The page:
CAPE MAY — With funding in place from the city, Cape May County and the county library system, Cape May is poised to finally renovate the historic school on Franklin Street.

The building served as the school for Cape May’s black children in the days of segregation. For years, the Center for Community Arts tried to renovate the building. While some work was completed — including repairs to the windows — the organization was unable to complete the work.

“They kept the rain out. They kept it from getting worse,” said Mayor Clarence F. Lear III. “We really appreciate what they’ve done.”

According to Lear, there will be space for the CCA in the new vision for the building. Under a $6 million plan, the building will become a new branch of the Cape May County Library system, replacing the current city library housed in a former telephone company building at 110 Ocean St.

On Nov. 18, City Council approved a $2 million bond ordinance covering its share of the expense. In October, the Cape May County Board of Chosen Freeholders unanimously approved a resolution committing to cover $2.3 million of the cost.

Once the project goes out to bid, the work will take about a year, Lear said. But the next step will likely wait as the city applies for a state matching grant out of a $125 million state bond voters approved in 2017.

“If the state funds up to half of the costs, we can certainly wait and be patient,” Lear said. “It just makes sense to be patient. Optimistically, the work would start some time next year.”

Built in 1927, the building served as a school until the end of segregation in New Jersey in 1949. It’s seen several uses since then but has been vacant for years. CCA has had a long-term lease on the building since the 1990s, with a vision of creating a community center there.

According to Lear, the organization has a commitment for a $595,000 grant from the New Jersey Historic Trust, which could only be used to preserve the historic elements of the building. Before the library project came together, the organization was never able to raise enough money to match that grant.

Lear hopes to put that grant toward the renovation.

While the CCA was able to keep the building standing, Lear indicated the inside is not in good condition.

“It’s going to need some work,” he said.

At a public meeting on the proposal in May, architect Michael Calafati spoke of a feasibility study of using the old school. It will not be cheaper than building new, he said. Outlining an ambitious plan, he proposed room for children’s programs, classrooms and exercise space, a demonstration kitchen and more.

The current library is about 4,000 square feet. The renovated school would be four times that size. The front and back of the building are not connected inside, which has been described as a relic of the building’s past in segregation. The current proposal would mean breaking through an 18-foot doorway to connect the second floor of the school and the existing gym.

Each summer, the popular story time at the Cape May branch sees overflow crowds of children, said Andrea Orsini, the Cape May County Library director. There is also a small meeting room, but not enough space to offer the kinds of programs library patrons want.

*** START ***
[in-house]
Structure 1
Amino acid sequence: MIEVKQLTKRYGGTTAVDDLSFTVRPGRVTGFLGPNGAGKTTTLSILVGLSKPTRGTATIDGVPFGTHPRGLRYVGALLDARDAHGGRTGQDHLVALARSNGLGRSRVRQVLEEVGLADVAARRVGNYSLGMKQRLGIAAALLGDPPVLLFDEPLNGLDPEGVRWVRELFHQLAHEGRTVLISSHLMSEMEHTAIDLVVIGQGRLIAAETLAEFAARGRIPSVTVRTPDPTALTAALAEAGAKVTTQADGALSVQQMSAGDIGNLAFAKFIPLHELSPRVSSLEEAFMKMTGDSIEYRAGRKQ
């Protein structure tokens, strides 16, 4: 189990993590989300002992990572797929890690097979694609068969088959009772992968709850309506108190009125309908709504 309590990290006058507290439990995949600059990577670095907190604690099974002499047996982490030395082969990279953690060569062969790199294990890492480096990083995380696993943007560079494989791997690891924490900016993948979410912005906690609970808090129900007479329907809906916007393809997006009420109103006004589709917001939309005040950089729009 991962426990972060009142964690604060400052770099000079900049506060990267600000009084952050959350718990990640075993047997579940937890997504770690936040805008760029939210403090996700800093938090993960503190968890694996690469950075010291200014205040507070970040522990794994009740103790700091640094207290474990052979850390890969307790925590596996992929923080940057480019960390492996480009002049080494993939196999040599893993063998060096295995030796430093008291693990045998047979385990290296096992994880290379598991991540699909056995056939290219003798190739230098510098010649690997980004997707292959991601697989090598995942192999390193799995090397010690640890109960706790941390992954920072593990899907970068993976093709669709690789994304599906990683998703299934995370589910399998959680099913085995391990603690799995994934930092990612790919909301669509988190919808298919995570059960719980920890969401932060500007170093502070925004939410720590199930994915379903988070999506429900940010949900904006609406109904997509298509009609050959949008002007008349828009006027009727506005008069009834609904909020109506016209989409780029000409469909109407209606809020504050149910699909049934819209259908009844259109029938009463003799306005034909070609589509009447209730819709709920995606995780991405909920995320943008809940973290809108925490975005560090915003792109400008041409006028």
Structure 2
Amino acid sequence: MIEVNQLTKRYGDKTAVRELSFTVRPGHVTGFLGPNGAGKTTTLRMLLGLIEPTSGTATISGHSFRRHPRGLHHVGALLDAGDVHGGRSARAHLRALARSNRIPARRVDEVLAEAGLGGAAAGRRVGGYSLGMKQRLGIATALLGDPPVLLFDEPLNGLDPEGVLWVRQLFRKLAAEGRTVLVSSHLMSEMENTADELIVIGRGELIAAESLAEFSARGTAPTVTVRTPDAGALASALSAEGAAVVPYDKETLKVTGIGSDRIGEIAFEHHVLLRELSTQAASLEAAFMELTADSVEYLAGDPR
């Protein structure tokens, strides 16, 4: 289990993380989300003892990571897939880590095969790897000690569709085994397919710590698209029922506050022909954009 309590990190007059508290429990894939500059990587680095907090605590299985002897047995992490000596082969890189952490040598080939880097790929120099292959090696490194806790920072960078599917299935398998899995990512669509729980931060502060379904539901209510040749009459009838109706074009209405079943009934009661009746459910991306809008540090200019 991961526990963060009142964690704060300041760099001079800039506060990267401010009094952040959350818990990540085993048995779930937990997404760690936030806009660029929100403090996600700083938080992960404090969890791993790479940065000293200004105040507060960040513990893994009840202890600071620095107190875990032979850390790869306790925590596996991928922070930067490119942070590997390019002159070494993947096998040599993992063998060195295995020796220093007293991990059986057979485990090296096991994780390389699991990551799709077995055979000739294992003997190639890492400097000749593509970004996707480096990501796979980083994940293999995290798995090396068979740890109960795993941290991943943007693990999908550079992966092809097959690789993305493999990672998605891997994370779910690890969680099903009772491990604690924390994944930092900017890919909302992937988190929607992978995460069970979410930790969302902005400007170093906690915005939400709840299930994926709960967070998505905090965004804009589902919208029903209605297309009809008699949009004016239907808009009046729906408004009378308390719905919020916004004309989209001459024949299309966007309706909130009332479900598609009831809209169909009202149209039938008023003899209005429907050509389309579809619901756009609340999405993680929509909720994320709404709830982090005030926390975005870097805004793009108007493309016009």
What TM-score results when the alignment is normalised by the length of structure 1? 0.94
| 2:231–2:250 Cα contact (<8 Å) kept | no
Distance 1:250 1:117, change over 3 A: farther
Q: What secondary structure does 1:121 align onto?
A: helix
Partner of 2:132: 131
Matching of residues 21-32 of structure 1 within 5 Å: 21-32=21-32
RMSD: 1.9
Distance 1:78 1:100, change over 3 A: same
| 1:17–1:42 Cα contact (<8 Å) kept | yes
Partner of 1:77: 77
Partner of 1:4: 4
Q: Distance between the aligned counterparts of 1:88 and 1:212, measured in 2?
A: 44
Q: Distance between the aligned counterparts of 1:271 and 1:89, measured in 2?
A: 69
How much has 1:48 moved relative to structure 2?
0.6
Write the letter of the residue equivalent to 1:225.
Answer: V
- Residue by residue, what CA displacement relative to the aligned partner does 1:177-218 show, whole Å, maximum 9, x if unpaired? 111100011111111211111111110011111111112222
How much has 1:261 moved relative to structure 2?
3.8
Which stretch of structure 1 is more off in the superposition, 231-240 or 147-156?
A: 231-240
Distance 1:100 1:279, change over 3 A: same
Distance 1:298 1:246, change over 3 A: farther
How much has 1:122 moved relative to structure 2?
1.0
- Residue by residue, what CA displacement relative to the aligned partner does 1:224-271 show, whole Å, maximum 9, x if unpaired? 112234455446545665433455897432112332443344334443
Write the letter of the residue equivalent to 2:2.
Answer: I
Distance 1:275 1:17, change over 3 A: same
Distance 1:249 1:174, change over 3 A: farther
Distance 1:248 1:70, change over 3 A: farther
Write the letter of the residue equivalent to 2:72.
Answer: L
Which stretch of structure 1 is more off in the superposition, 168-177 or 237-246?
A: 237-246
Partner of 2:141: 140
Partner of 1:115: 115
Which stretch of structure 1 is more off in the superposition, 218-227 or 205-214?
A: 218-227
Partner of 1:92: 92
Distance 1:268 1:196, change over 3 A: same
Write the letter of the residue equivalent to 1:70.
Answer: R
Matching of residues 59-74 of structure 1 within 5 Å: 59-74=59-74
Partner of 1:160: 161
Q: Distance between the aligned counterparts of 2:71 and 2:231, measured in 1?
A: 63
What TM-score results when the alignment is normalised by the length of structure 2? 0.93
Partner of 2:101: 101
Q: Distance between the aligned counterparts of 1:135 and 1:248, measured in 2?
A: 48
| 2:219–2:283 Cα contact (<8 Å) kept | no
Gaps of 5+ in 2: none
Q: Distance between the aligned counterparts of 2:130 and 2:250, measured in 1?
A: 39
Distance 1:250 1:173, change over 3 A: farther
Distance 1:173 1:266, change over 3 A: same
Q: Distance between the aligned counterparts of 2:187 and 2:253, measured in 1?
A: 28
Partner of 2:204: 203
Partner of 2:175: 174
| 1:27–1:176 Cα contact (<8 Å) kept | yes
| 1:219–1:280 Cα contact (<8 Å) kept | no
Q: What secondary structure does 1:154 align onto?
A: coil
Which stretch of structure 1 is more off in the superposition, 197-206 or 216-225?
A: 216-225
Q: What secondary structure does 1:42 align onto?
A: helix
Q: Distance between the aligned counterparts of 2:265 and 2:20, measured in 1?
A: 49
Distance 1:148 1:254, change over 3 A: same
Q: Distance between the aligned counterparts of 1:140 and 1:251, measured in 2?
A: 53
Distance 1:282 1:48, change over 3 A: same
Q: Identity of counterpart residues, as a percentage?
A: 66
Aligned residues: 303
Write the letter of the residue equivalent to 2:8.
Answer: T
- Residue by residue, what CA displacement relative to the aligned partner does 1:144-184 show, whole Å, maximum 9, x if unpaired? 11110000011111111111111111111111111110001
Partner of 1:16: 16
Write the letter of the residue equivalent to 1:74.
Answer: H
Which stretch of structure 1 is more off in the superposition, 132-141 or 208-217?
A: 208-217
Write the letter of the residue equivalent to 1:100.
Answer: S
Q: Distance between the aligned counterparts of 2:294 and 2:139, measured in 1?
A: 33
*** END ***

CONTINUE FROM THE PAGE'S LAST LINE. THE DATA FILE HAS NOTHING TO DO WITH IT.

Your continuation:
“We are very limited in what we can do there,” she said.

The library system has undertaken other large-scale projects recently, including a $5.3 million new building in Wildwood Crest completed in 2015 and a $4.2 million new library in Stone Harbor, which opened in 2016 and replaced one of the smallest libraries in the county.

According to Orsini, those branches saw a major increase in the number of patrons visiting and the number of materials checked out after the expansions. She said an expanded space in Cape May will allow the branch to offer the kinds of programs patrons want and deserve.

“We really are just looking toward what the needs are in our communities,” she said. “We’re doing our best to provide them with the resources they need and want.”

One resource expected to be in short supply is parking. There are parking spaces around nearby City Hall, but they are at a premium in the summer.

The current library does not offer dedicated parking, either, but Lear has concerns that if the new building offers more programs as planned, there will need to be places for patrons to park.

The city expects to pick up about 80 new spaces nearby, as work continues on a park on Lafayette Street.

Hundreds attended a meeting last May in Convention Hall to hear about the library plans, with some residents enthusiastic about the possibilities, while others remained skeptical.

Still to be decided is what will happen to the current library building. Lear said it could end up being sold for residential use.

“We’re not sure. We’ve talked about a couple of different things,” he said.

City officials have also considered using the building as a community center or senior center. Another possibility could be a visitor center, well placed between the Washington Street Mall and the beach.

“Nothing is definite at this point. There are just a bunch of ideas we’re considering,” Lear said.

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